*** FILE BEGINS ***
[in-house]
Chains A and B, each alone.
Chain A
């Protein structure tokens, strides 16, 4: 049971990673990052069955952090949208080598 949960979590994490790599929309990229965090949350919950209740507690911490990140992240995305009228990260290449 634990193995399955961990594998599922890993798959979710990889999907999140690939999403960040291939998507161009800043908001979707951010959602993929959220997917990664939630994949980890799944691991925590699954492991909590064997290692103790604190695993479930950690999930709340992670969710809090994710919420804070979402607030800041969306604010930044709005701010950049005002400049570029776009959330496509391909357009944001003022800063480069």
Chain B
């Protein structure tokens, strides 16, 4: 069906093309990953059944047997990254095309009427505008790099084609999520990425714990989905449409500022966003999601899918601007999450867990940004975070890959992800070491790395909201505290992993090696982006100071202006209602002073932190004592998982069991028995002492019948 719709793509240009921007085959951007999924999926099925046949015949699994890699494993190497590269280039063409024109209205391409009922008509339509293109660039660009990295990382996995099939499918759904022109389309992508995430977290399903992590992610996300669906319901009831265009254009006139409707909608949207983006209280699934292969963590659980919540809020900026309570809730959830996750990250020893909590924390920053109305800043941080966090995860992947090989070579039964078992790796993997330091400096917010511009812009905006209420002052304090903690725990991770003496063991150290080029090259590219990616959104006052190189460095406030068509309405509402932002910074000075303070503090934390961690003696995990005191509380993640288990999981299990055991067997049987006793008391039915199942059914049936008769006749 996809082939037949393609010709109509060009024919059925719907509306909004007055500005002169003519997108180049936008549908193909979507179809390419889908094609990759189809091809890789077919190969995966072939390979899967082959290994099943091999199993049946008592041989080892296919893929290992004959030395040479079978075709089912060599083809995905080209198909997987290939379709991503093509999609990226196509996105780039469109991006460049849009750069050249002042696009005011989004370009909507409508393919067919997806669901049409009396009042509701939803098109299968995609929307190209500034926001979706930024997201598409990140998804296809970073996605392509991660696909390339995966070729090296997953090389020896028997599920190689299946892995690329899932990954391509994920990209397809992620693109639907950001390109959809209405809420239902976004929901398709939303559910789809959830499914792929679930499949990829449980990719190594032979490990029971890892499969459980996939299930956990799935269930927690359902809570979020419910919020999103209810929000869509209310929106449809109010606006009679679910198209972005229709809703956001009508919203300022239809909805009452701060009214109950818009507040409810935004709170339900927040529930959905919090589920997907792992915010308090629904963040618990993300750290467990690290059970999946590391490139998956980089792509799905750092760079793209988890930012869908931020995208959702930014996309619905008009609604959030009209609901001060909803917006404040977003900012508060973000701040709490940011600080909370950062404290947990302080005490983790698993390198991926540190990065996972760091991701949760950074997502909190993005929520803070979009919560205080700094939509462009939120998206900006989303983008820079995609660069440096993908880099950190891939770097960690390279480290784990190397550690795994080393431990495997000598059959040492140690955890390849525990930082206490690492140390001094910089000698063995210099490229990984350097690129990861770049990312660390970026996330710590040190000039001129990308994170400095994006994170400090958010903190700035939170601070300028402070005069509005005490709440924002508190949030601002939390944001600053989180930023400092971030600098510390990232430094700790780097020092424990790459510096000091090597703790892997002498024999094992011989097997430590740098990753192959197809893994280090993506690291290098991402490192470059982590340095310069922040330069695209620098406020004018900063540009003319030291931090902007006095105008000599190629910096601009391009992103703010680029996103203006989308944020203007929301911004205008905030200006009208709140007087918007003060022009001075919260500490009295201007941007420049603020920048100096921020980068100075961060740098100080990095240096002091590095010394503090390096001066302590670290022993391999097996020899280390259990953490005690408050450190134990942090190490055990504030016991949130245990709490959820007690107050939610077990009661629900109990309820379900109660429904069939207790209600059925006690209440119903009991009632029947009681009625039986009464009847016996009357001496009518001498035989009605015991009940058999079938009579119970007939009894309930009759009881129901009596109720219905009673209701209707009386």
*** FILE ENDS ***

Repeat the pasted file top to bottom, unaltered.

[in-house]
Chains A and B, each alone.
Chain A
């Protein structure tokens, strides 16, 4: 049971990673990052069955952090949208080598 949960979590994490790599929309990229965090949350919950209740507690911490990140992240995305009228990260290449 634990193995399955961990594998599922890993798959979710990889999907999140690939999403960040291939998507161009800043908001979707951010959602993929959220997917990664939630994949980890799944691991925590699954492991909590064997290692103790604190695993479930950690999930709340992670969710809090994710919420804070979402607030800041969306604010930044709005701010950049005002400049570029776009959330496509391909357009944001003022800063480069």
Chain B
């Protein structure tokens, strides 16, 4: 069906093309990953059944047997990254095309009427505008790099084609999520990425714990989905449409500022966003999601899918601007999450867990940004975070890959992800070491790395909201505290992993090696982006100071202006209602002073932190004592998982069991028995002492019948 719709793509240009921007085959951007999924999926099925046949015949699994890699494993190497590269280039063409024109209205391409009922008509339509293109660039660009990295990382996995099939499918759904022109389309992508995430977290399903992590992610996300669906319901009831265009254009006139409707909608949207983006209280699934292969963590659980919540809020900026309570809730959830996750990250020893909590924390920053109305800043941080966090995860992947090989070579039964078992790796993997330091400096917010511009812009905006209420002052304090903690725990991770003496063991150290080029090259590219990616959104006052190189460095406030068509309405509402932002910074000075303070503090934390961690003696995990005191509380993640288990999981299990055991067997049987006793008391039915199942059914049936008769006749 996809082939037949393609010709109509060009024919059925719907509306909004007055500005002169003519997108180049936008549908193909979507179809390419889908094609990759189809091809890789077919190969995966072939390979899967082959290994099943091999199993049946008592041989080892296919893929290992004959030395040479079978075709089912060599083809995905080209198909997987290939379709991503093509999609990226196509996105780039469109991006460049849009750069050249002042696009005011989004370009909507409508393919067919997806669901049409009396009042509701939803098109299968995609929307190209500034926001979706930024997201598409990140998804296809970073996605392509991660696909390339995966070729090296997953090389020896028997599920190689299946892995690329899932990954391509994920990209397809992620693109639907950001390109959809209405809420239902976004929901398709939303559910789809959830499914792929679930499949990829449980990719190594032979490990029971890892499969459980996939299930956990799935269930927690359902809570979020419910919020999103209810929000869509209310929106449809109010606006009679679910198209972005229709809703956001009508919203300022239809909805009452701060009214109950818009507040409810935004709170339900927040529930959905919090589920997907792992915010308090629904963040618990993300750290467990690290059970999946590391490139998956980089792509799905750092760079793209988890930012869908931020995208959702930014996309619905008009609604959030009209609901001060909803917006404040977003900012508060973000701040709490940011600080909370950062404290947990302080005490983790698993390198991926540190990065996972760091991701949760950074997502909190993005929520803070979009919560205080700094939509462009939120998206900006989303983008820079995609660069440096993908880099950190891939770097960690390279480290784990190397550690795994080393431990495997000598059959040492140690955890390849525990930082206490690492140390001094910089000698063995210099490229990984350097690129990861770049990312660390970026996330710590040190000039001129990308994170400095994006994170400090958010903190700035939170601070300028402070005069509005005490709440924002508190949030601002939390944001600053989180930023400092971030600098510390990232430094700790780097020092424990790459510096000091090597703790892997002498024999094992011989097997430590740098990753192959197809893994280090993506690291290098991402490192470059982590340095310069922040330069695209620098406020004018900063540009003319030291931090902007006095105008000599190629910096601009391009992103703010680029996103203006989308944020203007929301911004205008905030200006009208709140007087918007003060022009001075919260500490009295201007941007420049603020920048100096921020980068100075961060740098100080990095240096002091590095010394503090390096001066302590670290022993391999097996020899280390259990953490005690408050450190134990942090190490055990504030016991949130245990709490959820007690107050939610077990009661629900109990309820379900109660429904069939207790209600059925006690209440119903009991009632029947009681009625039986009464009847016996009357001496009518001498035989009605015991009940058999079938009579119970007939009894309930009759009881129901009596109720219905009673209701209707009386």